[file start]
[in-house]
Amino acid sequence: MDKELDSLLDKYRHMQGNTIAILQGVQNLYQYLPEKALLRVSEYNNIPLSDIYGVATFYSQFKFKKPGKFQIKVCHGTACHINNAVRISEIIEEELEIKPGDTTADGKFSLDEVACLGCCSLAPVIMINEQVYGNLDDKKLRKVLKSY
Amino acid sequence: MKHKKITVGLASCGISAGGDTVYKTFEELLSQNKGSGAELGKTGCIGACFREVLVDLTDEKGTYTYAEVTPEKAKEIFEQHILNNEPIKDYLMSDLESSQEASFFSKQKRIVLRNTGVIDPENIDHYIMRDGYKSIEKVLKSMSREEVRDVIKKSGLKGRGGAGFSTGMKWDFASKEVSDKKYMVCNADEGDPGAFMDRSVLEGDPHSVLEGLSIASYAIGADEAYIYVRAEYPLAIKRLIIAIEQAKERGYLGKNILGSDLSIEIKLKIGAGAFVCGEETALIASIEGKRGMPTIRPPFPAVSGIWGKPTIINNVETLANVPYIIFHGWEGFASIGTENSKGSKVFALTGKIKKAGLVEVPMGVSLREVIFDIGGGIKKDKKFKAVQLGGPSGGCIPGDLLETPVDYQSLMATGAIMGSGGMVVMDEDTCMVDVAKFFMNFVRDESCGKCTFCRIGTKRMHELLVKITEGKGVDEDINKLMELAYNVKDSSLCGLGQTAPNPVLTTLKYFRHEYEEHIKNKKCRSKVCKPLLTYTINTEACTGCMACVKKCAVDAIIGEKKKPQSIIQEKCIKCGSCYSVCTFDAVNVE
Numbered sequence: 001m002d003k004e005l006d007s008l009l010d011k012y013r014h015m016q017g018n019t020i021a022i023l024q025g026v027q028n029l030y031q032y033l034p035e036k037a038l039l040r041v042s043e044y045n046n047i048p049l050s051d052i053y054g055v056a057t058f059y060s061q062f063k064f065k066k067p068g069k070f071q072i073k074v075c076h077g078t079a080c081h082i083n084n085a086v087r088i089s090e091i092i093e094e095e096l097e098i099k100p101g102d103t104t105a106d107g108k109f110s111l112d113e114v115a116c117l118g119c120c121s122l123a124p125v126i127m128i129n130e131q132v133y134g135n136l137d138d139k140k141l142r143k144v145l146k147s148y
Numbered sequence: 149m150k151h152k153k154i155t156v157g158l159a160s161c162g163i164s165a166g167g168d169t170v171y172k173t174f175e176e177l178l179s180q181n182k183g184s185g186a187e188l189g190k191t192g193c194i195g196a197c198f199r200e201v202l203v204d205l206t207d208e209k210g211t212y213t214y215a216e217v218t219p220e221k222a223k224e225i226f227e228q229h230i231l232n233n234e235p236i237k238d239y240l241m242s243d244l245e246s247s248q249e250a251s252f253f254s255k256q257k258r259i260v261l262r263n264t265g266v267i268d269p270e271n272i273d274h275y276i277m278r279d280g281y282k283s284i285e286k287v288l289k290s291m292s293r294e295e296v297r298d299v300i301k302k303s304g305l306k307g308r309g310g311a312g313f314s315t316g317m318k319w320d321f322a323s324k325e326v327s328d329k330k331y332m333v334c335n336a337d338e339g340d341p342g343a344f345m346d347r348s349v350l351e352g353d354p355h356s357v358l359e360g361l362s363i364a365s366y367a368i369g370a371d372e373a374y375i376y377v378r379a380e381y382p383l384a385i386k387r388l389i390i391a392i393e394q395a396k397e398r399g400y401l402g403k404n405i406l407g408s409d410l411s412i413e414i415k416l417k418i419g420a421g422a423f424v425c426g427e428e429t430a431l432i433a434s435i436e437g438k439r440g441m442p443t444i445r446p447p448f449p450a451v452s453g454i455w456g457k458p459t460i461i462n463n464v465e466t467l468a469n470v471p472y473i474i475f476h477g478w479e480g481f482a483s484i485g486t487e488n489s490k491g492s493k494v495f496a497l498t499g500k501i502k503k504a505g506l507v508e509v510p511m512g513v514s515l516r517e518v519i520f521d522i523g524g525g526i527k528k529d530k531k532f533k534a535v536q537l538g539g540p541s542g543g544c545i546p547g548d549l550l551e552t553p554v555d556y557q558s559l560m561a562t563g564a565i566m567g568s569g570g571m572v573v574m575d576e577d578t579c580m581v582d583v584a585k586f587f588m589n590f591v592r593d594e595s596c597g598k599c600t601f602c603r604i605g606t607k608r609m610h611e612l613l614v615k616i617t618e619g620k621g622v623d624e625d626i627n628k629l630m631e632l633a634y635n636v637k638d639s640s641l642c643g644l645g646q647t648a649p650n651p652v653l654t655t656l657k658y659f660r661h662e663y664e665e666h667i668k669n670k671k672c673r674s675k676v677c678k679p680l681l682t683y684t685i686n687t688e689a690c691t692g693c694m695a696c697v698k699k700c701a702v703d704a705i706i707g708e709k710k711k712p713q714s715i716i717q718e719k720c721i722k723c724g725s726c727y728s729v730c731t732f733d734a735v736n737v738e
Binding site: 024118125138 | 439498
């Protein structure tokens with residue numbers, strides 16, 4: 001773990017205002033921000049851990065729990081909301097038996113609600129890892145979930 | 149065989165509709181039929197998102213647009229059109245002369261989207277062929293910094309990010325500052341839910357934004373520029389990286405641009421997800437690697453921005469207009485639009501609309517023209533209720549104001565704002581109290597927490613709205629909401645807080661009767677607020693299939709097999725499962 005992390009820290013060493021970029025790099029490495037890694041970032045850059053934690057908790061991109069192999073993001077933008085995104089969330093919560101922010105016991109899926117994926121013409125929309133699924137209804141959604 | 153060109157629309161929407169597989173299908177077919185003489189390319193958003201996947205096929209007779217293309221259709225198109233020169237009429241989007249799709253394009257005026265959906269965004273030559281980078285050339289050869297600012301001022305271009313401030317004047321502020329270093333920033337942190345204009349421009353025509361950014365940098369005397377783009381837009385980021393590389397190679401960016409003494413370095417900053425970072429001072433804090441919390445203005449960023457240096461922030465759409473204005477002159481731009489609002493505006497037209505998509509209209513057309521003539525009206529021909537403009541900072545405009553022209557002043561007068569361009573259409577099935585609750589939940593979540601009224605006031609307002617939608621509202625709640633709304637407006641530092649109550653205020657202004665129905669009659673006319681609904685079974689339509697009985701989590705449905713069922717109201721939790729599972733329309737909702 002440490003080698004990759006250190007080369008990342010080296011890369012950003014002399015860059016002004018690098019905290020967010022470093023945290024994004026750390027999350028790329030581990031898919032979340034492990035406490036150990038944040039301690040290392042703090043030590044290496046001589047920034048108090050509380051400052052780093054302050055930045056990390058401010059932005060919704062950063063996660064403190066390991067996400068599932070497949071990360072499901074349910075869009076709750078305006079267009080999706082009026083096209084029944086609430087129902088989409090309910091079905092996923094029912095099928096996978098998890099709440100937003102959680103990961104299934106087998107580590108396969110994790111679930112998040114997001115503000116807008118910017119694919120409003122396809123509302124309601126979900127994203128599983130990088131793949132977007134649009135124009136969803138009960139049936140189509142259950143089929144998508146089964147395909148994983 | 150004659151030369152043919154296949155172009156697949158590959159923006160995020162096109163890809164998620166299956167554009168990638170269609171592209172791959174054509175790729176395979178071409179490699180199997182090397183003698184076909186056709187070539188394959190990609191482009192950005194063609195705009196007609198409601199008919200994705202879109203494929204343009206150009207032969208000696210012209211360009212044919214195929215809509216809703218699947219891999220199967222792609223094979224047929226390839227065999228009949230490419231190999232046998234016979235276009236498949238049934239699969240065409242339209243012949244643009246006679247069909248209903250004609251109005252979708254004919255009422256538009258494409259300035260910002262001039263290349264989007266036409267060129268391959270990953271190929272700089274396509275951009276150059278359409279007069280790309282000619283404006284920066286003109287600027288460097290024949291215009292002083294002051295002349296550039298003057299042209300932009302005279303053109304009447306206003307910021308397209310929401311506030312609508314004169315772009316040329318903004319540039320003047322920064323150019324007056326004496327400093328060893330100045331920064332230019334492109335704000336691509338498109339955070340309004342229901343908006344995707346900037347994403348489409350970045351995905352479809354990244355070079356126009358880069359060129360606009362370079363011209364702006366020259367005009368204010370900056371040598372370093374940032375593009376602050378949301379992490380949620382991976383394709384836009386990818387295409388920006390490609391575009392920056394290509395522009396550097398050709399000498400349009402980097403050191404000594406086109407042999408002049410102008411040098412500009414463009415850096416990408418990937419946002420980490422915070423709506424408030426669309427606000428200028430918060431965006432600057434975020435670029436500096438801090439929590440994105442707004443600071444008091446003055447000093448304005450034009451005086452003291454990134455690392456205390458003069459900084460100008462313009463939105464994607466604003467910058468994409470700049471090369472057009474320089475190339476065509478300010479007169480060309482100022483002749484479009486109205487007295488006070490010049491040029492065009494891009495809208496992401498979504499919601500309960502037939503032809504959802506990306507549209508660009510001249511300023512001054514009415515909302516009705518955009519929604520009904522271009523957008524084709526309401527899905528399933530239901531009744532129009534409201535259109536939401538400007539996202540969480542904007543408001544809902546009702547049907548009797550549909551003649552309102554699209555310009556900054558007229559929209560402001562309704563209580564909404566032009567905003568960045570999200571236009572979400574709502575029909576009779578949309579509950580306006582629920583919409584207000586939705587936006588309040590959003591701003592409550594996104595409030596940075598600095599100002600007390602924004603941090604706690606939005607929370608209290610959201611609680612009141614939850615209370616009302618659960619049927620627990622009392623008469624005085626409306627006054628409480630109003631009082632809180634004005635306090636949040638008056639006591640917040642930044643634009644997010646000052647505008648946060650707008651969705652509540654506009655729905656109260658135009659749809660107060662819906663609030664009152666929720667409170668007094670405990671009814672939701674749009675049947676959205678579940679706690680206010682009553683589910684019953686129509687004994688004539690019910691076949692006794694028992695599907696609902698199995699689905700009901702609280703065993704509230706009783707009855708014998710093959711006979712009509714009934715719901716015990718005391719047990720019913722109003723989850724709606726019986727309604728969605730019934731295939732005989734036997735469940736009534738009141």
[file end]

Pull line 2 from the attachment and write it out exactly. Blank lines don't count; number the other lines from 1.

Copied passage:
Amino acid sequence: MDKELDSLLDKYRHMQGNTIAILQGVQNLYQYLPEKALLRVSEYNNIPLSDIYGVATFYSQFKFKKPGKFQIKVCHGTACHINNAVRISEIIEEELEIKPGDTTADGKFSLDEVACLGCCSLAPVIMINEQVYGNLDDKKLRKVLKSY